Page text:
The new normal: Education cuts mean rapid rise in unemployment, NISD superintendent warns

Northside ISD Superintendent John Folks said he and other educators were shocked to hear Senate Education Chair Florence Shapiro, R-Plano, speaking of impending public-ed budget cuts, when he said: “Recognize and be aware that this is the new normal.” The comment was made at an education hearing last week as legislators looked for ways to provide “flexibility” to districts about to fall under the budget ax.

“She used that term, ‘The new normal,’ and all of us in the room were like, ‘Are you kidding us?’” said Folks, a past president of the Texas Association of School Administrators. “It almost makes many of us angry that they would sit at the dais and say to us superintendents, ‘You’re just going to have to cut, so we’re going look for ways to give you flexibility to make those cuts.’”

Folks was among a group of school administrators, teachers, and parents that converged on Austin last week, trying to put education front and center in the state’s budget debate. According to early budget drafts, state funding for education could be cut as much as $10 billion over the next two years in order to help balance a $15-$27 billion hole.

At last week’s Senate Education Committee meeting, superintendents asked for more flexibility to help absorb the cuts without having to fire large numbers of teachers and support staff. District officials say they would have to implement furloughs for teachers, administrators, and other staff, as well as increase class sizes — a move that will put them in conflict with Texas education reforms passed in the 1980s that capped classroom size at 22 students per teacher in kindergarten and the first four grades of elementary school.

Folks was obviously taxed by the responses from those on the Senate Education Committee. “What was so frustrating to us superintendents was the fact that at no time did anyone say, ‘We want to help you reduce the amount of cuts that have to be made.’’ Folks said. “All the discussion was what could we do to help make these cuts, to help increase class size, reduce teacher salaries, have furloughs and such.”

Last week, Northside along with over half of the other public school districts in the state signed a resolution urging lawmakers to “make education a priority.” Given the direction the Lege is headed with education cuts, Folks predicts that he will have to further cut numerous academic support staff, including language and instruction coaches. “Those are services our kids just won’t be getting,” he said.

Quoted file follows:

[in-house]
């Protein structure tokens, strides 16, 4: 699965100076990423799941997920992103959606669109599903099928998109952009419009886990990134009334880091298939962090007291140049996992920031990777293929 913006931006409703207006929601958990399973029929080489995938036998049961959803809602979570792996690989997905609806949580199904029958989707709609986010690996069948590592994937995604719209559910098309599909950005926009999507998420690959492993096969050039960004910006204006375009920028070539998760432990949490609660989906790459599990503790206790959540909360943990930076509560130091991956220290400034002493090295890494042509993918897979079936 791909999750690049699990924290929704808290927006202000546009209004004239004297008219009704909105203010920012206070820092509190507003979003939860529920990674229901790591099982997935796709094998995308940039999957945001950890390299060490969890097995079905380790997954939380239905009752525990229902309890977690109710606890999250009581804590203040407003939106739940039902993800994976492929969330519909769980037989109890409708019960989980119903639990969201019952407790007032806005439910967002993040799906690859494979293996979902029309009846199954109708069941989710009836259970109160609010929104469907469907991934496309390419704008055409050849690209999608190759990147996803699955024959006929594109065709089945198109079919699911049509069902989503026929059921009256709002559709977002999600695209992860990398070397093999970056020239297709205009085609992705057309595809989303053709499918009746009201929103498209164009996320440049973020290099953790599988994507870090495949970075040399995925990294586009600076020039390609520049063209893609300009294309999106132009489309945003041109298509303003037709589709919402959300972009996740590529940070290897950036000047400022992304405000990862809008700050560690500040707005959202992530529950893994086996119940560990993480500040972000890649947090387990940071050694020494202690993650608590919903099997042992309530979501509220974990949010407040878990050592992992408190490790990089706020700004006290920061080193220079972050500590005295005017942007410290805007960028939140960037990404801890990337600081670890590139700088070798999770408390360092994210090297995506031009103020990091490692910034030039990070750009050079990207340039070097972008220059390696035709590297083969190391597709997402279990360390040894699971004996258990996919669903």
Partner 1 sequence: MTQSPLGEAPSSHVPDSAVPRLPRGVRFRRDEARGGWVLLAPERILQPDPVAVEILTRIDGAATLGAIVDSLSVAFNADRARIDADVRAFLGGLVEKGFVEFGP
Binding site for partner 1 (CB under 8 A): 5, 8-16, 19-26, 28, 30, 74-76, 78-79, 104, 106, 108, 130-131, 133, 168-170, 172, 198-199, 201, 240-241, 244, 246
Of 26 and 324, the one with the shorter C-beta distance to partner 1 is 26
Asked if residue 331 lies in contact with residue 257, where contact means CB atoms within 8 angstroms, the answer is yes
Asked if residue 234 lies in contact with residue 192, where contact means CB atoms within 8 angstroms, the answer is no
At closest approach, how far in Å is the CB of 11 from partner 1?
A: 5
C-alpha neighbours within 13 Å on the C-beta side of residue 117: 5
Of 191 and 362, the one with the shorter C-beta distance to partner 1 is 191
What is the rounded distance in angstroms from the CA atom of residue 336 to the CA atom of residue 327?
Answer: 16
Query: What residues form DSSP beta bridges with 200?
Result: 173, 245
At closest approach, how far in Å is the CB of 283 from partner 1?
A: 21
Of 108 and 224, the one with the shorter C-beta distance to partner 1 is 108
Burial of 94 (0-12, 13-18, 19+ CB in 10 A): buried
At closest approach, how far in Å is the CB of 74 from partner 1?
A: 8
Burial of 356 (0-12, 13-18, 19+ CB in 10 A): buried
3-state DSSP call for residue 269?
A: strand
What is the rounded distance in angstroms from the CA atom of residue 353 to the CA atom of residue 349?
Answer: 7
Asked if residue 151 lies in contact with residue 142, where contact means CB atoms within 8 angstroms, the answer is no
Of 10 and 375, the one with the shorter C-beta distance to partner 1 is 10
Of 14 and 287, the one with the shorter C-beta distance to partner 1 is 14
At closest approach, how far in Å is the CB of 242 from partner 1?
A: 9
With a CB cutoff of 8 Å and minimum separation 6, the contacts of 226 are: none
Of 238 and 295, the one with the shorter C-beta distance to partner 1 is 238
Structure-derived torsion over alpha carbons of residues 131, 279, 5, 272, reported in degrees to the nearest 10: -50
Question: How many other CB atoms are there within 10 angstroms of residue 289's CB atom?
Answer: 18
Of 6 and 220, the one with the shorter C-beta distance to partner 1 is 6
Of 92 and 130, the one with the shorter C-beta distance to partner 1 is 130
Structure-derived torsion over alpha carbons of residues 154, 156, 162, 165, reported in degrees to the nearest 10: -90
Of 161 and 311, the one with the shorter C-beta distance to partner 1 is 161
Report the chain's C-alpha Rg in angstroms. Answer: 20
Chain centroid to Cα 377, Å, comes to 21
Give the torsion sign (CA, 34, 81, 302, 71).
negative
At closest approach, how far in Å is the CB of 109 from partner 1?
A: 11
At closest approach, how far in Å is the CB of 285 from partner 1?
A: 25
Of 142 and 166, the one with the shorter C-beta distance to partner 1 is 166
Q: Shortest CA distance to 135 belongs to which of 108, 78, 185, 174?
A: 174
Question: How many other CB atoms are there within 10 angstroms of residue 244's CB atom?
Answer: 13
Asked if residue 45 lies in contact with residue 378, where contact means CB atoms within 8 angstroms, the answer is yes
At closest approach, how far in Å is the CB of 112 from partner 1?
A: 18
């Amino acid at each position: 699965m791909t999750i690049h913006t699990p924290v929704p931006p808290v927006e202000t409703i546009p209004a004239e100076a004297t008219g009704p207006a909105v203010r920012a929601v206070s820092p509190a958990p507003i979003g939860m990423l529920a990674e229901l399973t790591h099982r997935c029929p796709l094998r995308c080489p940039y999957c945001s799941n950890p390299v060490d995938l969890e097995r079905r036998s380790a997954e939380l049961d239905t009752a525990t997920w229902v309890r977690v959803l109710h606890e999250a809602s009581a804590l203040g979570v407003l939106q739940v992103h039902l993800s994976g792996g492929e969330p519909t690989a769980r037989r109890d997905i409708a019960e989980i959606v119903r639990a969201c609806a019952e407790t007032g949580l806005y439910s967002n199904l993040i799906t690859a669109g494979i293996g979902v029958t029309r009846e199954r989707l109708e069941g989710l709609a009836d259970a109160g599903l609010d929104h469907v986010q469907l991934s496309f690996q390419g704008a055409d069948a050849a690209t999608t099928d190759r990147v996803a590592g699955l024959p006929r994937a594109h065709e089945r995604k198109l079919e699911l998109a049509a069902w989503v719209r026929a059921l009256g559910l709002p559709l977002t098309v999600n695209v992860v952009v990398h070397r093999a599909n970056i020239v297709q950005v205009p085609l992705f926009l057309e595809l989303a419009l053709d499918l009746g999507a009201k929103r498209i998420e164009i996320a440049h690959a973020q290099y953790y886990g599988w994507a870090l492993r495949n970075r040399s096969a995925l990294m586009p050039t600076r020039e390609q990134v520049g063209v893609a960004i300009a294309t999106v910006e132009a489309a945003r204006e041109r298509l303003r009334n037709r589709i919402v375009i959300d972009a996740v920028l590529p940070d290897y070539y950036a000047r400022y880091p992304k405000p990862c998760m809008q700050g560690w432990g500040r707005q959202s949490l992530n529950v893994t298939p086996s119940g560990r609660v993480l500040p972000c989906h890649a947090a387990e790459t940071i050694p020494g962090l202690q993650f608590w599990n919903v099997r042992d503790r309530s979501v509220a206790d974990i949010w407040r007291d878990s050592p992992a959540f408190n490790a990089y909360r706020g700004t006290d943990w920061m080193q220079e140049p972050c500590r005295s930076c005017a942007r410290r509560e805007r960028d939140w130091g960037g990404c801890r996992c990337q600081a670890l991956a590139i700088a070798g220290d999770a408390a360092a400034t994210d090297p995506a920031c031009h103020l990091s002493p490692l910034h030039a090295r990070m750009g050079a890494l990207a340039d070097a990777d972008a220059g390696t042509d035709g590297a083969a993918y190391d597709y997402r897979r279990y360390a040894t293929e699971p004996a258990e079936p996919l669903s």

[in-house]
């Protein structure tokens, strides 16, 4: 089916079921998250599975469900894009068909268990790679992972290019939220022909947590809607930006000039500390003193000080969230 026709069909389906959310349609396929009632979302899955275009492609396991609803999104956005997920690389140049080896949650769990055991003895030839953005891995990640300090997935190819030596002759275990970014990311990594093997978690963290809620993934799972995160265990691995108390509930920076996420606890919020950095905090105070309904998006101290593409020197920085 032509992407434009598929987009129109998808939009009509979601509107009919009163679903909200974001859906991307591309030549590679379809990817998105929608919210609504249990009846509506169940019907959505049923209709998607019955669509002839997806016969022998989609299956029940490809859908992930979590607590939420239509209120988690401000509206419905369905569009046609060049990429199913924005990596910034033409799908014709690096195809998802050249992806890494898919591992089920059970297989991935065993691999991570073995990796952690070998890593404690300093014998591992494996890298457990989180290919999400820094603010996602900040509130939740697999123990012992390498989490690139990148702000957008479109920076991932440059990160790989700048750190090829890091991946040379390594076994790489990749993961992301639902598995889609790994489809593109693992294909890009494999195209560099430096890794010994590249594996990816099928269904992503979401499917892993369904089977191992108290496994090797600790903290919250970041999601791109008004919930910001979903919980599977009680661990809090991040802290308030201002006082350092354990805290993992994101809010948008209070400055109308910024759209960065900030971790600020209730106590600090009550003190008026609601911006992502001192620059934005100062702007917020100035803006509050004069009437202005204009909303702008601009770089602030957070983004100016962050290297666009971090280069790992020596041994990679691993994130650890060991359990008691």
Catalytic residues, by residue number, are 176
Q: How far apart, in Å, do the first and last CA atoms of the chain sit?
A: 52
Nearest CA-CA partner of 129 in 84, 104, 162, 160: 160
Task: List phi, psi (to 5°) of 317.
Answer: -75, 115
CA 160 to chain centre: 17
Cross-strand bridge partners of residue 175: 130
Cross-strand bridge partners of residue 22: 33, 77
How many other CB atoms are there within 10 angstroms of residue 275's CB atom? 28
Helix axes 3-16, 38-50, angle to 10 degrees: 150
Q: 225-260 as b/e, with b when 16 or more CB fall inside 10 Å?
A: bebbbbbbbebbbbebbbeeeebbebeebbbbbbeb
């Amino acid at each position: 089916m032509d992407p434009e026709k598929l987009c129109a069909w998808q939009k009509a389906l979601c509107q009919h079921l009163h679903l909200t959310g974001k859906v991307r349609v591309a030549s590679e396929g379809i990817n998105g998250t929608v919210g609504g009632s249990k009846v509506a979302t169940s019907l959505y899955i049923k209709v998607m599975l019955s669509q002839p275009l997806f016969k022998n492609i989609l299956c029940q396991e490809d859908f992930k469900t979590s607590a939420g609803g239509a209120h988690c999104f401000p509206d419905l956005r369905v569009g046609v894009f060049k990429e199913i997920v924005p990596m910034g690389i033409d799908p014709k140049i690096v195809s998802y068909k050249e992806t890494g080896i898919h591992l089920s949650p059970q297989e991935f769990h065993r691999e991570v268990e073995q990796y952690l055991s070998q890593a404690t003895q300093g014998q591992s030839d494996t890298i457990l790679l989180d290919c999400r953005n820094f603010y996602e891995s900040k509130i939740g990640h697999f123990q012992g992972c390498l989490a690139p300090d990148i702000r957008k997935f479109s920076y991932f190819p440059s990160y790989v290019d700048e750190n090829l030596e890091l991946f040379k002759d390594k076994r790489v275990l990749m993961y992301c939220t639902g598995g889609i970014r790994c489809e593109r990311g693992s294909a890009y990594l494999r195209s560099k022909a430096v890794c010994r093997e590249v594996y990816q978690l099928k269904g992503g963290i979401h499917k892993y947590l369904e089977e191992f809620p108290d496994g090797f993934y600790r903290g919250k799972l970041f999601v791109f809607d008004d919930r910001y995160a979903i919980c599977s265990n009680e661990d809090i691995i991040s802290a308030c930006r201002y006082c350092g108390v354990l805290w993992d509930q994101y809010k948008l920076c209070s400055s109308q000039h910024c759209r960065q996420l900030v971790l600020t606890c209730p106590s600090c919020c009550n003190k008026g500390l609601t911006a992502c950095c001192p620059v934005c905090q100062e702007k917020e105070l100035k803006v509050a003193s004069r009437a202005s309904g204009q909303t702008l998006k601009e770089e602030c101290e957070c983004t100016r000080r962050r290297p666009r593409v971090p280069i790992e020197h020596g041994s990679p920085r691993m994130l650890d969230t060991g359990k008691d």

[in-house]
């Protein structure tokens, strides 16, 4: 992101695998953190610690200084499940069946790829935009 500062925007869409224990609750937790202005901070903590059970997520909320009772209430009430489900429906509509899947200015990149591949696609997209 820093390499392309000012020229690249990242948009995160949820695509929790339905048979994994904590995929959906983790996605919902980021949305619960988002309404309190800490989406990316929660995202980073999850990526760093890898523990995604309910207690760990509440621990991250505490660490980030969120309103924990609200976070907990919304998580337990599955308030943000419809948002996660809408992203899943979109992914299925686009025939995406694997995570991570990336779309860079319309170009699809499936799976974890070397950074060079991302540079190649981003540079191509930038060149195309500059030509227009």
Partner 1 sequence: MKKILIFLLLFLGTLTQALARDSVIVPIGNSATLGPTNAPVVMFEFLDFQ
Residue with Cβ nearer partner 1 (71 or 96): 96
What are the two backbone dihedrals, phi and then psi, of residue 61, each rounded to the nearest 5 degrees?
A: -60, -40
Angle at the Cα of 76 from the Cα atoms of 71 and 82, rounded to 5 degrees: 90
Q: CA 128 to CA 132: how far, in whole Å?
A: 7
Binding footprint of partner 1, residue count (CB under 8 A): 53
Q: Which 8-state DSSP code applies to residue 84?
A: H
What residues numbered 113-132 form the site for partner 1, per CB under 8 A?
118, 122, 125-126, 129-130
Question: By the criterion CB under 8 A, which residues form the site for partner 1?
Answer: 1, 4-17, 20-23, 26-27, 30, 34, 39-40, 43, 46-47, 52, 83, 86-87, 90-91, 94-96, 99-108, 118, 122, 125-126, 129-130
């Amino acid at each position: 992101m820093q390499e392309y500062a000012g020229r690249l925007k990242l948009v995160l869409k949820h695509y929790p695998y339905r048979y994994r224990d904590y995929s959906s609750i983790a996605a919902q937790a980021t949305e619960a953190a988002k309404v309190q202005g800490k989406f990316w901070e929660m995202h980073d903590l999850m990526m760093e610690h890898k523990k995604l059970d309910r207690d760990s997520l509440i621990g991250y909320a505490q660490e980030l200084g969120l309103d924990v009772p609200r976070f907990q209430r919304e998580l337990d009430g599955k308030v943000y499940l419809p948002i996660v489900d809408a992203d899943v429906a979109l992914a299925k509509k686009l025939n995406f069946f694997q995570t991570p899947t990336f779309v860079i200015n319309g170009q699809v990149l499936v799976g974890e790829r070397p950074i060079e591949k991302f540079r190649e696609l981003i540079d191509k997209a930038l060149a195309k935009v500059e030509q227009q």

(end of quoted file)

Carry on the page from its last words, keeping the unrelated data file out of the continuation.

And timing is a critical issue: though legislators are unlikely to come up with a final budget before the end of the session, school districts need to know their budgets sooner than that. As it stands, districts have to let certain employees know at least 45 days before the end of the year whether their contracts will be renewed.

Folks blames some of the budget woes on poor planning at the state level. A 2006 maneuver in which officials lowered property taxes in exchange for creating a new business margins tax — something that didn’t even come close to making up for the lost revenue — left the state with a “structural deficit” that was covered by federal stimulus dollars last budget session, he said. “My point is, don’t take this shortfall, that you created, and balance the budget on the backs of school kids and Medicaid patients and the mentally ill.”

Folks estimated current proposals will cut $97 million a year from his district alone for the next two years. In addition, he estimates that districts across Bexar County would lose roughly $300 million each year. “That would be 8,000 or 9,000 people out on the streets without jobs,” he said. “You think that’s not going to affect the economy? What’s going to happen if you put that many people out of work?” •

SA schools and the funding crisis

SAISD has estimated it could take a $30- to $50-million hit based on current budget projections. Bracing for the cuts, the district is holding a community meeting to identify potential cost-cutting measures. 6pm Wed, Feb 9, Alamo Convocation Center, 110 Tuleta St, (210) 554-2230,

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